Paul Scholes:
What makes playing against him so hard is that you sort of see him and think you have control. Half a second later heís gone. He times his runs and moments so well that you canít lose your concentration even for a blink of an eye. I remember leaving the pitch couple of times with mixed feelings because I always thought Iíve done well against him, but just that once he got away - and did the damage. And guess what counts in the end of the day. He is effective and really frustrating to play against because you never quite know when he is making his move. You blink Ė and he has done it again.

Uwe Rosler:
Before every game you get ordered to mark a specific opponent on set pieces. The manager gives you the name and number of an opposing player that is about your size and calibre and from that moment he is your responsibility. Normally the advantage is on defensive side but not always. This German made on a first corner a simple, sharp move, lost me and scored. Next set piece, he did the opposite movement, lost me again and scored. Few years later both at different country and team I played against him again and secretly hoped I was not going to mark him but there I was again given the duty. I thought he wouldnít remember me but from the look at his eyes told me that he had not forgotten and he was seemingly happy for me to mark him. Time hadnít changed the powers, he still lost me twice but only thanks to luck and bad delivery didnít score. Set pieces are the hardest thing to accept because there you are so clearly man against man and it is heart breaking to come to dressing room later and raise your hand in front of your team mates and apologise. Uwe Rosler got my hand up two times too often.

Francesco Totti:
It is not always the opponent that killed you. Sometimes it is the circumstances. I caught Totti on a day that he was hot and I was not. I had struggled with an injury and went to play still carrying a knock and far from my peak. I didnít move well and that is not an advantage you want to give at away game against Italy and Totti. I was very preoccupied to survive fitness wise and never really got into the game for the mere half an hour I played before I realised I was not ok enough to play. He found that out earlier. On another day and circumstances I did well against him, but on that day I didnít stand a chance. And he is not that polite to hide his superiority.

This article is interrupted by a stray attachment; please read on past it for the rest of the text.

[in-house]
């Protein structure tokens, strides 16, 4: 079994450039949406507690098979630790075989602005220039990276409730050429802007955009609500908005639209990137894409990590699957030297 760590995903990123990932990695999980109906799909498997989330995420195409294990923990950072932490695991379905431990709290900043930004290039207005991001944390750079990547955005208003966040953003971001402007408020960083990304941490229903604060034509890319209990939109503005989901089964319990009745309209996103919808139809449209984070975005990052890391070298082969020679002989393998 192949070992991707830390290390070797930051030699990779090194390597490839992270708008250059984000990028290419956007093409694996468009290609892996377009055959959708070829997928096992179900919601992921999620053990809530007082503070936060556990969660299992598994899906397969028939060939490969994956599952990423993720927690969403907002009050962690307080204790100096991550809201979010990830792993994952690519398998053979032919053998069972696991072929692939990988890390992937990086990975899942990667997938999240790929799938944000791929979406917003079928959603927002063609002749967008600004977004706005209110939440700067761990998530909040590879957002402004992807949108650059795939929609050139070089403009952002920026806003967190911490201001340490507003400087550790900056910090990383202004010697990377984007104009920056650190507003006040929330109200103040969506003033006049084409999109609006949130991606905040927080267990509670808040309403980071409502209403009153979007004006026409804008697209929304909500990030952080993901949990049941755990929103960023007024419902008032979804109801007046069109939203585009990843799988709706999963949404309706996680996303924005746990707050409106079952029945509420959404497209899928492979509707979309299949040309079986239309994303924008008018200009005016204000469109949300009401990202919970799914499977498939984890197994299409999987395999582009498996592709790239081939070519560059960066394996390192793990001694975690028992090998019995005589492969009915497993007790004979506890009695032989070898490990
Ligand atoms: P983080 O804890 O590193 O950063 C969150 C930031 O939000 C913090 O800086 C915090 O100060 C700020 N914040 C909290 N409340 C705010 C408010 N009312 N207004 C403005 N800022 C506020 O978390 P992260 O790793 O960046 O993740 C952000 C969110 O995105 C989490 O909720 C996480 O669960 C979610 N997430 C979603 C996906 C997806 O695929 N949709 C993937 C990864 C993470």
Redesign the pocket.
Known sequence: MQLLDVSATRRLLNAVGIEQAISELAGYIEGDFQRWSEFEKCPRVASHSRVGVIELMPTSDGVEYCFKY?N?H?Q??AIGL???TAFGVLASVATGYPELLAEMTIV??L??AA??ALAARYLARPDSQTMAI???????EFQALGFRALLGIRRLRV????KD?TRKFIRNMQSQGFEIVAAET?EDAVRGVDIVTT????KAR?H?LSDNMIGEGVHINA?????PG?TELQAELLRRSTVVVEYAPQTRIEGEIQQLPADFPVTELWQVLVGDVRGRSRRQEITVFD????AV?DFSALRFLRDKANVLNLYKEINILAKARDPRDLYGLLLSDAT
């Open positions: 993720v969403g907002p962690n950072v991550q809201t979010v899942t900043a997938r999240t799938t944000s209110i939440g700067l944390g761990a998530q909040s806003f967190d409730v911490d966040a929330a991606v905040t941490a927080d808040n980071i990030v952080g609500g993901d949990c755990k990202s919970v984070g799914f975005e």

Stelios & Nolan:
Iíve been impressed by the Bolton midfielders and can assure that actually playing against them is quite a task, Iím sure not many players look forward to meeting these two. I have never seen Stelios saving his steps or Nolan his tackles. You never get a breather when you play against them. They are lively and physical, and will pest you for whole ninety minutes. Bolton is always the game you know you better pass it quickly and still be ready to get tackled at any moment. You know you are going home with lot of knocks and knackered. With Boltonís direct approach stealing headlines I have always felt that these two donít get enough credit for being good footballers too. Part of the problem playing against them, is that they are lively both offensively and defensively, most other midfielders are more one way traffic but these two put you onto your back foot both directions. They are definitely up there for hardest opponents Iíve played against.

Number 8 from local youth team:
Occasionally I play park games with mates and passers by. This one time we got almost full teams from different standards and all walks of life. I was the only professional player there so they wanted to make the teams also considering my status. I donít think afterwards none of the people there believed I get paid for playing football or that I am even actually the one they thought I was, probably just a poor lookalike. Because there was also this young kid who maybe didnít make it in football but wanted to show me that he should have. He had number eight in his shorts and somebody said he had just been released from local Non leagueís youth team. With his youthful enthusiasm he was running rings around me and in the end we had to change teams to even up the score a bit, because this young boy was running a show. When he suggested we could take couple of more players to even it up I wanted to die there and then. I barely found home and thought my professional career is almost over because I canít even survive a park game. However, few days later I played one of my best international games against world class opponent. I canít get my head around it, but what I really canít - is to go to that park again. That kid might still be there. He has that power over me in his look.

Aki